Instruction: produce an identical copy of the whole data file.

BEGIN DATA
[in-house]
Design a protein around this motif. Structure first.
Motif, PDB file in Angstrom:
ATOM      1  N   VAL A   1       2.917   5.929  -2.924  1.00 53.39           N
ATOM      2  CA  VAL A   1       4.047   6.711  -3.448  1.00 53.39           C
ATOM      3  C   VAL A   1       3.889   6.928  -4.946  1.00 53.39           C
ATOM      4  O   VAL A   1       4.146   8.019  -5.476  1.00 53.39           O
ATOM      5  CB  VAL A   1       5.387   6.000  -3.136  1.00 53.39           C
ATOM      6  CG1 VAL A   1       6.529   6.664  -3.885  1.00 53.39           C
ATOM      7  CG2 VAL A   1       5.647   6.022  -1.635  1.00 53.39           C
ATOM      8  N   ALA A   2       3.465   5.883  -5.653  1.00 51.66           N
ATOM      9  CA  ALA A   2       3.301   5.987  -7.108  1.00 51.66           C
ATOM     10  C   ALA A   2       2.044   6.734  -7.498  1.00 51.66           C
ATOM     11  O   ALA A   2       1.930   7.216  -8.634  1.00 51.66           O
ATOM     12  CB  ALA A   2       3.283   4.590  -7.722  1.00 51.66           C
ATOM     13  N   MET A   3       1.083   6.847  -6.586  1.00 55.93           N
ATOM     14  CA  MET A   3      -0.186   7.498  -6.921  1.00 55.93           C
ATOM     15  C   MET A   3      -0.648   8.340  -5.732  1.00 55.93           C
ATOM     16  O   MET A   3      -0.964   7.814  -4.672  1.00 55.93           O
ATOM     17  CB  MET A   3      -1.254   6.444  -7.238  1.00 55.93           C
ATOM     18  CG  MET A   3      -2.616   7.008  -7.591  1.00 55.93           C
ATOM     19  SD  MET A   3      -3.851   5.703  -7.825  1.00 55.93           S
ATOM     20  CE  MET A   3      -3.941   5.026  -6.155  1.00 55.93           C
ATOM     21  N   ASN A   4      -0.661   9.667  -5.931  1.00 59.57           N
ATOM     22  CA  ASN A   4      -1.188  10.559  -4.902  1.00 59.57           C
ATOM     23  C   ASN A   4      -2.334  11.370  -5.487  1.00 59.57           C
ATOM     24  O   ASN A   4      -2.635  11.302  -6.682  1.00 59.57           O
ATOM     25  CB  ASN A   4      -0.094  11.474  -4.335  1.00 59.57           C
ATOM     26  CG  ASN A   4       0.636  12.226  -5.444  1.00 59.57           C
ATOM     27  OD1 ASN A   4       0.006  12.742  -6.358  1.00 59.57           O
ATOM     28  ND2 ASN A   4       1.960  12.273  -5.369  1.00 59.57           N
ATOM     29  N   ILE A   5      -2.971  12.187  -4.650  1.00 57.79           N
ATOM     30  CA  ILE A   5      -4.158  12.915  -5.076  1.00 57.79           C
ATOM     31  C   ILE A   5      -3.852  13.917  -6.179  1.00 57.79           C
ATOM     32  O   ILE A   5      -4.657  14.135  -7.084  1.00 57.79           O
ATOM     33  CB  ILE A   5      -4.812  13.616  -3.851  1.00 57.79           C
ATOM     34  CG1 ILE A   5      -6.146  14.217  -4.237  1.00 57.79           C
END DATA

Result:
[in-house]
Design a protein around this motif. Structure first.
Motif, PDB file in Angstrom:
ATOM      1  N   VAL A   1       2.917   5.929  -2.924  1.00 53.39           N
ATOM      2  CA  VAL A   1       4.047   6.711  -3.448  1.00 53.39           C
ATOM      3  C   VAL A   1       3.889   6.928  -4.946  1.00 53.39           C
ATOM      4  O   VAL A   1       4.146   8.019  -5.476  1.00 53.39           O
ATOM      5  CB  VAL A   1       5.387   6.000  -3.136  1.00 53.39           C
ATOM      6  CG1 VAL A   1       6.529   6.664  -3.885  1.00 53.39           C
ATOM      7  CG2 VAL A   1       5.647   6.022  -1.635  1.00 53.39           C
ATOM      8  N   ALA A   2       3.465   5.883  -5.653  1.00 51.66           N
ATOM      9  CA  ALA A   2       3.301   5.987  -7.108  1.00 51.66           C
ATOM     10  C   ALA A   2       2.044   6.734  -7.498  1.00 51.66           C
ATOM     11  O   ALA A   2       1.930   7.216  -8.634  1.00 51.66           O
ATOM     12  CB  ALA A   2       3.283   4.590  -7.722  1.00 51.66           C
ATOM     13  N   MET A   3       1.083   6.847  -6.586  1.00 55.93           N
ATOM     14  CA  MET A   3      -0.186   7.498  -6.921  1.00 55.93           C
ATOM     15  C   MET A   3      -0.648   8.340  -5.732  1.00 55.93           C
ATOM     16  O   MET A   3      -0.964   7.814  -4.672  1.00 55.93           O
ATOM     17  CB  MET A   3      -1.254   6.444  -7.238  1.00 55.93           C
ATOM     18  CG  MET A   3      -2.616   7.008  -7.591  1.00 55.93           C
ATOM     19  SD  MET A   3      -3.851   5.703  -7.825  1.00 55.93           S
ATOM     20  CE  MET A   3      -3.941   5.026  -6.155  1.00 55.93           C
ATOM     21  N   ASN A   4      -0.661   9.667  -5.931  1.00 59.57           N
ATOM     22  CA  ASN A   4      -1.188  10.559  -4.902  1.00 59.57           C
ATOM     23  C   ASN A   4      -2.334  11.370  -5.487  1.00 59.57           C
ATOM     24  O   ASN A   4      -2.635  11.302  -6.682  1.00 59.57           O
ATOM     25  CB  ASN A   4      -0.094  11.474  -4.335  1.00 59.57           C
ATOM     26  CG  ASN A   4       0.636  12.226  -5.444  1.00 59.57           C
ATOM     27  OD1 ASN A   4       0.006  12.742  -6.358  1.00 59.57           O
ATOM     28  ND2 ASN A   4       1.960  12.273  -5.369  1.00 59.57           N
ATOM     29  N   ILE A   5      -2.971  12.187  -4.650  1.00 57.79           N
ATOM     30  CA  ILE A   5      -4.158  12.915  -5.076  1.00 57.79           C
ATOM     31  C   ILE A   5      -3.852  13.917  -6.179  1.00 57.79           C
ATOM     32  O   ILE A   5      -4.657  14.135  -7.084  1.00 57.79           O
ATOM     33  CB  ILE A   5      -4.812  13.616  -3.851  1.00 57.79           C
ATOM     34  CG1 ILE A   5      -6.146  14.217  -4.237  1.00 57.79           C